Kate wears toy tiara for girl’s tea party during visit to cancer hospital
The Duchess of Cambridge wore a different kind of tiara during a visit to a cancer hospital on the Pakistan royal tour – a plastic one.
Kate and the duke visited the cancer facility in Lahore on Thursday afternoon, where they played with young patients receiving treatment.
Dr Aasim Yusuf, from the Shaukat Khanum Memorial Cancer Hospital and Research Centre, welcomed the couple, having previously hosted William’s mother, Diana, Princess of Wales.
Kate and seven-year-old Wafia Rehmani, who has a kidney tumour, wore matching toy tiaras during a toy tea party at the hospital.
“Her father calls her princess and she likes to wear a crown. Now she is looking forward to meeting a real princess,” her brother Hedyatullah Rehmani said as they waited for the couple to arrive.
Wafia, who comes from over the border in Afghanistan, said she wants to be a doctor and showed the duke and duchess her toy medical set.
She is in her second round of chemotherapy after the illness reappeared – doctors said they are optimistic about her recovery.
When the couple sat down beside her bed, Wafia carefully poured the duke and duchess pretend cups of tea and offered the duchess a bejewelled tiara to wear, which she accepted.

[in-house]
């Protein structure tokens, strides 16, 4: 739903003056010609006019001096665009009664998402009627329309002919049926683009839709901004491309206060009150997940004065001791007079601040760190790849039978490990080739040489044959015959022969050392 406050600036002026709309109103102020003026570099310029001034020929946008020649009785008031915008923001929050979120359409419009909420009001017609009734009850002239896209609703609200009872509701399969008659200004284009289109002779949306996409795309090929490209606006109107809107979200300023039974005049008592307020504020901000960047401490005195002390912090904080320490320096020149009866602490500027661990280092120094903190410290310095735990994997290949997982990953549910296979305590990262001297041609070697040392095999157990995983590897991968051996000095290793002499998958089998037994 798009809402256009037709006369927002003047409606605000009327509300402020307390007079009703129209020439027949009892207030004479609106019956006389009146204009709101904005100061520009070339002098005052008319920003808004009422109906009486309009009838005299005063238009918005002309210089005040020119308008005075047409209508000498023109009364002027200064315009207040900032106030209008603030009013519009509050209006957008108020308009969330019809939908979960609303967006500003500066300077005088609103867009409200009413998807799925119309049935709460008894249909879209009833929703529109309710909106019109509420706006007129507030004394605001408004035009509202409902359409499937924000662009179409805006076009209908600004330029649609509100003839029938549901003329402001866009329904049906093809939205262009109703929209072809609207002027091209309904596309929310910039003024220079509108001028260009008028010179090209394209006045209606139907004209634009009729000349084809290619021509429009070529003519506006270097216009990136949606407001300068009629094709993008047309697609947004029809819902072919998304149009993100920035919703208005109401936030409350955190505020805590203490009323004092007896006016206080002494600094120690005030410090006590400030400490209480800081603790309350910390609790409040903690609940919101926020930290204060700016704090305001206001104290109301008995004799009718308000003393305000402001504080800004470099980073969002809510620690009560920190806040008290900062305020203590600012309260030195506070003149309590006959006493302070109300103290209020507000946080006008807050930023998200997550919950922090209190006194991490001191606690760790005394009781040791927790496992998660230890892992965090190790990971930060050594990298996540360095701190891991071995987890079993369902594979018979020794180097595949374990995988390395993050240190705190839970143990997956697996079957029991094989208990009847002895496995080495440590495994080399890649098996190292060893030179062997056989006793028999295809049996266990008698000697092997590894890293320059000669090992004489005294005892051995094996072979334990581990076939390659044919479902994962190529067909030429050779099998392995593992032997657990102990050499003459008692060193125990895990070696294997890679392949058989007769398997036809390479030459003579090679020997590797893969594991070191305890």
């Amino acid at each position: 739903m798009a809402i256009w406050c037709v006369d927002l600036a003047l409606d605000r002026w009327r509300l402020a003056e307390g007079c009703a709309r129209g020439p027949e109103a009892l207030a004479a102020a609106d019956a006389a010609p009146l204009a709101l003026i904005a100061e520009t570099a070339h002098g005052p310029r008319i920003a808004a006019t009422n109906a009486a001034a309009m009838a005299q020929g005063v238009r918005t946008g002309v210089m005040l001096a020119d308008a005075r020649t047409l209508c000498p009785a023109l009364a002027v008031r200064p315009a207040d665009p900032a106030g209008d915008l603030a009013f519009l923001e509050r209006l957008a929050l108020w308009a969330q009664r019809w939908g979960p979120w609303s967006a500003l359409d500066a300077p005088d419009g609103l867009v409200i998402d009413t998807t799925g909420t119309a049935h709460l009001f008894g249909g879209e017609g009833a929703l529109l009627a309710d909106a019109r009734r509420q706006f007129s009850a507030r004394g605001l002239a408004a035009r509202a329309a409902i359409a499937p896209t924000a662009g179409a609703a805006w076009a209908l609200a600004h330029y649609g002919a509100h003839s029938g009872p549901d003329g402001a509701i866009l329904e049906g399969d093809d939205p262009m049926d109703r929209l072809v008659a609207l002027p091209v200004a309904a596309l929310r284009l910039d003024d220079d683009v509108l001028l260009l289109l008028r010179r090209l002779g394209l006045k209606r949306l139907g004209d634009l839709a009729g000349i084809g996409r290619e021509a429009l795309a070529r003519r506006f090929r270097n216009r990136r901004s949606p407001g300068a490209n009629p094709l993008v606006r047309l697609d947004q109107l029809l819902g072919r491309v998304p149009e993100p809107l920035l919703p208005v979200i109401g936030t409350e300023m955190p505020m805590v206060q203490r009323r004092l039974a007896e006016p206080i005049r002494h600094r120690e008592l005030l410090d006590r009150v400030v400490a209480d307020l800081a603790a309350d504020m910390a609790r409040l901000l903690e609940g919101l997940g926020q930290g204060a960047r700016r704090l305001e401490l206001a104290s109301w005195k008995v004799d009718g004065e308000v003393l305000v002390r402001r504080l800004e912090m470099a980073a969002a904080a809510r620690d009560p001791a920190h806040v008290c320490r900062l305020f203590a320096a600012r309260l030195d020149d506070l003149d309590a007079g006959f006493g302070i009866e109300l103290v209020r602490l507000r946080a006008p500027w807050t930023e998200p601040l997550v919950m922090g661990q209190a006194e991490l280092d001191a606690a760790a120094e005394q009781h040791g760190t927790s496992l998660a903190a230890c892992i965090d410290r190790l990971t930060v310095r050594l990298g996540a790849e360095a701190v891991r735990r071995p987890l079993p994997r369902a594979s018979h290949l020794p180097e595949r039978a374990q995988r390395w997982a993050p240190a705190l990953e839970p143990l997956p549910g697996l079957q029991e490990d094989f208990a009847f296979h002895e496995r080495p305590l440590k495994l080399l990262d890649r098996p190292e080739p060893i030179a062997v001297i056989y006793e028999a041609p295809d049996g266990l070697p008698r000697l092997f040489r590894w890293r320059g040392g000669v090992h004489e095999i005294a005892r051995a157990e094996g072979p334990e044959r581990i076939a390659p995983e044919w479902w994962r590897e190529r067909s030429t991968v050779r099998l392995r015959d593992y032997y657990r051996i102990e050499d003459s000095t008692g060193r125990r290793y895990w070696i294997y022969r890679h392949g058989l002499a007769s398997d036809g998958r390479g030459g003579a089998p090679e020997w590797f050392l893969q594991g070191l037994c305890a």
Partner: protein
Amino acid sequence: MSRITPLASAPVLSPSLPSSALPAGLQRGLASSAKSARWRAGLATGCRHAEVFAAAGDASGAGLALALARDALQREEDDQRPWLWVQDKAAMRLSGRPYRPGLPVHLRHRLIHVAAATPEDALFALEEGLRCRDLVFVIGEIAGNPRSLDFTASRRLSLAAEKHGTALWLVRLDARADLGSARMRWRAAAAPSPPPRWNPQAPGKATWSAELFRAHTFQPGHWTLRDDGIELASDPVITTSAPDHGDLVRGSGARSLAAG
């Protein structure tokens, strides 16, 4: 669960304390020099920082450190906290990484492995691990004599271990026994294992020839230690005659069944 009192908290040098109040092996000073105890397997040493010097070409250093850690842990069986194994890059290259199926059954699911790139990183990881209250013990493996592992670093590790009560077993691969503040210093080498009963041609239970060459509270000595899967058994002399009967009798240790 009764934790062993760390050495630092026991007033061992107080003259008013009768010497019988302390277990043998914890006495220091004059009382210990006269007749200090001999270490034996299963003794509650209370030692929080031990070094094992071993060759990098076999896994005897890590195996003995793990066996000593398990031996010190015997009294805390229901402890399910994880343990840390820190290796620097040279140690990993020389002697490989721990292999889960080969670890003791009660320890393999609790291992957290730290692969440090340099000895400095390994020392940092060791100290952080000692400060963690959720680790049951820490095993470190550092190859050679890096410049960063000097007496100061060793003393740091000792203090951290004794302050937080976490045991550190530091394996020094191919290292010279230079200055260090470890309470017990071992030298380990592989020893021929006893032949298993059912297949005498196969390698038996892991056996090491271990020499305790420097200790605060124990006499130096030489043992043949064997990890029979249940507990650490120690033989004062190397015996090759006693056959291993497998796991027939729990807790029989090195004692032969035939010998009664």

William also played with a young patient while at the hospital, engaging in a game of hook fishing.
In the chemotherapy ward of the facility, five-year-old Muhammed Sameer, who is being treated for Hodgkin Lymphoma, told the couple he wanted to be a soldier.
Imran Khan, now prime minister, founded the charity hospital after his mother, Shaukat Khanum, died from cancer in 1985.
He encouraged his friends to help with the fundraising and Diana made two private visits to the hospital – in 1996 and 1997 – to help.
Dr Yusuf said showing William around made him feel “a lot older”.
“It’s a great honour and a privilege for us to be welcoming Prince William and the Duchess of Cambridge today,” he said.
“It’s a special honour that they have chosen to come and see our hospital again.”
On the visit from Diana, Dr Yusuf said staff were “struck” by how friendly she was and able to put them at ease.
“We were all very nervous about what we should say and what she would ask and how we should address her,” he said.
“The minute she came into the room, she lit up the room obviously and also she was just so friendly and down to earth.
“You could tell that she was genuinely interested in the people she was meeting.”